China accuses two detained Canadian men of spying

Nick Allen
Former Canadian diplomat Michael Kovrig - AFP

China has accused two detained Canadians of spying, intensifying a diplomatic row between the two countries.

It came just days after Canada announced it will proceed with a request from the United States to extradite Meng Wanzhou, chief financial officer of the telecom giant Huawei.

Michael Kovrig, a former Canadian diplomat, was accused of spying and stealing state secrets and intelligence, with the help of Canadian businessman Michael Spavor.

It was the first time the two detained men's cases have been linked.

Mr Kovrig is a former diplomat who was working as an expert on Asia for the International Crisis Group think tank.

Mr Spavor is an entrepreneur known for contacts with high-ranking North Korean officials, including leader Kim Jong-un.

According to the official Xinhua news agency Mr Kovrig often entered China using an ordinary passport and business visas, and acquired information from Mr Spavor, who was his "main contact."

The two men were detained in December, days after Canada arrested Meng Wanzhou, who is also the daughter of Huawei's founder.

Three days ago Canada launched the extradition process against her, angering Beijing, which called the action a "severe political incident".

The US wants to put her on trial on fraud charges for alleged Iran sanctions-busting and lying to US banks about it.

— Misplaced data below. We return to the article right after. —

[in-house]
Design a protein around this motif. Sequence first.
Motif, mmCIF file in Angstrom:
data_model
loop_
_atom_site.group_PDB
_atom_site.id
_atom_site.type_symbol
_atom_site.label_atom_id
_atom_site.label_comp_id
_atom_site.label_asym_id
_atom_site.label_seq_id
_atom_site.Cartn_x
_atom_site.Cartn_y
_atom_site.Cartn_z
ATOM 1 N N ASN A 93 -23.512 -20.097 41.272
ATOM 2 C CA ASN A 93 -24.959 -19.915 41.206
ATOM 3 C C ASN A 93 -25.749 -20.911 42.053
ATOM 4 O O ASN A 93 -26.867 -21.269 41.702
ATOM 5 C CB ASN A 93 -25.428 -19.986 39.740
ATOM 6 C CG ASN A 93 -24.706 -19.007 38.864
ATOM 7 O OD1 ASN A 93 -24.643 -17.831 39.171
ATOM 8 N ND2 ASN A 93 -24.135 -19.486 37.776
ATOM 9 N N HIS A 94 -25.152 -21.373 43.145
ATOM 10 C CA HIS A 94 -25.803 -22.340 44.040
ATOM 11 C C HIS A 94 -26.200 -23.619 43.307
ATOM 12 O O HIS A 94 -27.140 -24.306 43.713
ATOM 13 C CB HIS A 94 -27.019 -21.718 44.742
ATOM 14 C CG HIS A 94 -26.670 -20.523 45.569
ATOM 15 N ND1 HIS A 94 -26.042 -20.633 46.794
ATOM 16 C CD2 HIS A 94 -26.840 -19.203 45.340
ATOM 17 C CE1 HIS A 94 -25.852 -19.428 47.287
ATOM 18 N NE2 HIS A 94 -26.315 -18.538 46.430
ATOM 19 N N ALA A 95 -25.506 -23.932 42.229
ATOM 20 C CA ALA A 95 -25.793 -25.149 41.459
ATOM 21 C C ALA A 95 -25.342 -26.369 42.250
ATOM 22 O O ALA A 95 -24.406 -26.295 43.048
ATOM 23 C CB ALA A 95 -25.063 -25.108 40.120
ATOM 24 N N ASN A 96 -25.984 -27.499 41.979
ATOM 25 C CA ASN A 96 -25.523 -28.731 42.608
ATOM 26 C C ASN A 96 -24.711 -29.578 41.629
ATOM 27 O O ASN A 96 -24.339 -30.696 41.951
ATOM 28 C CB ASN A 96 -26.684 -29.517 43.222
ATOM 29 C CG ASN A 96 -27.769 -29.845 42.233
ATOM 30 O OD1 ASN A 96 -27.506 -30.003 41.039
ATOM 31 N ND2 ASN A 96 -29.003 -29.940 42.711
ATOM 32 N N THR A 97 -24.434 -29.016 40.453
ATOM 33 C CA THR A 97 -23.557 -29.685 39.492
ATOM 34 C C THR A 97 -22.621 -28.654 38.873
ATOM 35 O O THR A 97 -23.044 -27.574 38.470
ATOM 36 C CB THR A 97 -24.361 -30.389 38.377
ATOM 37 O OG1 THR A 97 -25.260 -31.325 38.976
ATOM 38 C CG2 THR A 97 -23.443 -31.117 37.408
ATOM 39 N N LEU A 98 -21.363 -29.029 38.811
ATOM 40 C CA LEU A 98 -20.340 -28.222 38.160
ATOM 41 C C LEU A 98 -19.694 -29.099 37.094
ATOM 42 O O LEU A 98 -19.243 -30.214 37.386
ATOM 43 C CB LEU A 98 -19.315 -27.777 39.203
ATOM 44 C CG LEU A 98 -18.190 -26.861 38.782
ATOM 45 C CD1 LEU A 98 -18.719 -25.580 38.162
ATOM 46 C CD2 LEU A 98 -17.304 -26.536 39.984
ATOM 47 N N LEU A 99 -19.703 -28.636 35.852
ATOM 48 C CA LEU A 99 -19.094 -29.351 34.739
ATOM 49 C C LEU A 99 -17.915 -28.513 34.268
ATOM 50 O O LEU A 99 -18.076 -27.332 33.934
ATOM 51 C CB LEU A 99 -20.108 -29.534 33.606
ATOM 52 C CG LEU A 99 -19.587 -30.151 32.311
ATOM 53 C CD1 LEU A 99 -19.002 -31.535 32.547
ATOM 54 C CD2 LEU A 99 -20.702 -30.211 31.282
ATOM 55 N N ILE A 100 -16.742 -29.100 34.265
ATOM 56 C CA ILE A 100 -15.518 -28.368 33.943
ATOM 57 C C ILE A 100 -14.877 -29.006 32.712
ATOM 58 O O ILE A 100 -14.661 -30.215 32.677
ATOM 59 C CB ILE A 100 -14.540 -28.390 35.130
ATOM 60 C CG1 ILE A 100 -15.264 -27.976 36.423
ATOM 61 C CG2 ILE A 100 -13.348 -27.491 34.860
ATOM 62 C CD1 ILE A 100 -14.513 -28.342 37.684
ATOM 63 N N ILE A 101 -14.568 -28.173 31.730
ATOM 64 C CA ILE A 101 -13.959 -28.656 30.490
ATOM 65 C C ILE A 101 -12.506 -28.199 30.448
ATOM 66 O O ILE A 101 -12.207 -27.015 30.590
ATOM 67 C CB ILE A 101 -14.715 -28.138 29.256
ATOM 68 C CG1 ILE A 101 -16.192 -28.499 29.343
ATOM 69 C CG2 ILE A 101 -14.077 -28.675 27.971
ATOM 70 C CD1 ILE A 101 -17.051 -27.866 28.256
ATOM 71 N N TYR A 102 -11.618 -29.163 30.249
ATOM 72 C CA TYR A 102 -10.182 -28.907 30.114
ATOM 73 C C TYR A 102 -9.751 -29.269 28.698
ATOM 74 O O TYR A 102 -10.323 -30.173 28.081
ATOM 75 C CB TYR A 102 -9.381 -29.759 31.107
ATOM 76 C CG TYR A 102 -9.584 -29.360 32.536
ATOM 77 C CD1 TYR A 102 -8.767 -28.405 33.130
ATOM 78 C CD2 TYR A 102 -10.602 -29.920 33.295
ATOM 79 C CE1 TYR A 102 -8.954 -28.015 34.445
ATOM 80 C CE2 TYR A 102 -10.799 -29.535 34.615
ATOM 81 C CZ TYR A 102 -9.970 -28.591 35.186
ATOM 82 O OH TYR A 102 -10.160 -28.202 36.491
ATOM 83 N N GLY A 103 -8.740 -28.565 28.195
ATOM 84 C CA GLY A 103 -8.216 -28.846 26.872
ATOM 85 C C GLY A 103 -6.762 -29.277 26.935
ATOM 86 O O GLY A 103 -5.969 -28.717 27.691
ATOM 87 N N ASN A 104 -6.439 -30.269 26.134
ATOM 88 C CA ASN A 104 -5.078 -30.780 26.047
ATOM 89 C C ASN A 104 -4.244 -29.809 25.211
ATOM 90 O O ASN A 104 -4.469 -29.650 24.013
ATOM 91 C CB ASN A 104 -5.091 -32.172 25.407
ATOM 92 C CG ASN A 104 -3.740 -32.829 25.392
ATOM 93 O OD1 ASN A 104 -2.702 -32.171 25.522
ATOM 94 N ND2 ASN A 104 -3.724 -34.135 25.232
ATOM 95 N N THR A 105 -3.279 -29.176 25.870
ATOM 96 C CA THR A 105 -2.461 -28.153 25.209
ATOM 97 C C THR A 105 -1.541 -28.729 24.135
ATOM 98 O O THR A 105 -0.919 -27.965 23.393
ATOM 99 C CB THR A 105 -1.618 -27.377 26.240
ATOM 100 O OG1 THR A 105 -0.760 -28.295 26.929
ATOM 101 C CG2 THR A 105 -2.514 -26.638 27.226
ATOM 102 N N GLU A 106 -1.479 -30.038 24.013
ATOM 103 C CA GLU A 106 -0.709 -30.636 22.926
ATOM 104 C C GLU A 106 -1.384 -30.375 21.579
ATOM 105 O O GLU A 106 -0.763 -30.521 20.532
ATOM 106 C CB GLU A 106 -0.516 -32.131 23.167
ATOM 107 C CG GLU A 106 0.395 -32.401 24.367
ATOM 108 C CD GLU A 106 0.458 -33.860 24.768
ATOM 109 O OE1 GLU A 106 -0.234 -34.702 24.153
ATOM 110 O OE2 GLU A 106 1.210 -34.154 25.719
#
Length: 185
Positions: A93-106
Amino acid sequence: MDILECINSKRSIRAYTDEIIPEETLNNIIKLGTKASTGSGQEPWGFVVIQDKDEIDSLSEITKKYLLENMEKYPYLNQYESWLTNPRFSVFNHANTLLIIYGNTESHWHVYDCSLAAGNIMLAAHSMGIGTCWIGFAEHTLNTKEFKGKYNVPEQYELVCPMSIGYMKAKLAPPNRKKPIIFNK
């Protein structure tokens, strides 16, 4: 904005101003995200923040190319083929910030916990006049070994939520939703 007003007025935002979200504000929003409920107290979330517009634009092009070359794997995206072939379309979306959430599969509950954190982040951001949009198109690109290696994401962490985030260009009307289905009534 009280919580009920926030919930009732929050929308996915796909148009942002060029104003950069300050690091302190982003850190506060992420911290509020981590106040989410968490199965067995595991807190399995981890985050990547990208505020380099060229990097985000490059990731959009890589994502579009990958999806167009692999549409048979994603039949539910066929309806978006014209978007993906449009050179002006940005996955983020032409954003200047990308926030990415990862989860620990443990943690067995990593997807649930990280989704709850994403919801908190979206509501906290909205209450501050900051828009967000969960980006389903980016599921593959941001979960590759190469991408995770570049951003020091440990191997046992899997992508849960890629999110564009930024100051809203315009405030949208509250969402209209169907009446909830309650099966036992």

A spokesman for the International Crisis Group said: "We are aware of the Xinhua report but have heard nothing official about any charges being laid against our colleague, Michael Kovrig.

"Michael's work has been entirely transparent and in the open as all who follow his work can attest. Vague and unsubstantiated accusations against him are unwarranted and unfair."

Meng Wanzhou is due in court in Canada on Wednesday to set a date for the extradition proceedings to start.

Lawyers for the Chinese executive, who is staying at a property she owns in Vancouver after being releases on bail, said she is suing the Canadian government over her arrest.

Separately, Huawei is preparing to sue the US government for banning federal agencies from using its technology, according to a new report.

The Chinese firm is expected to file a lawsuit on Thursday accusing the US of acting unconstitutionally, The New York Times reported.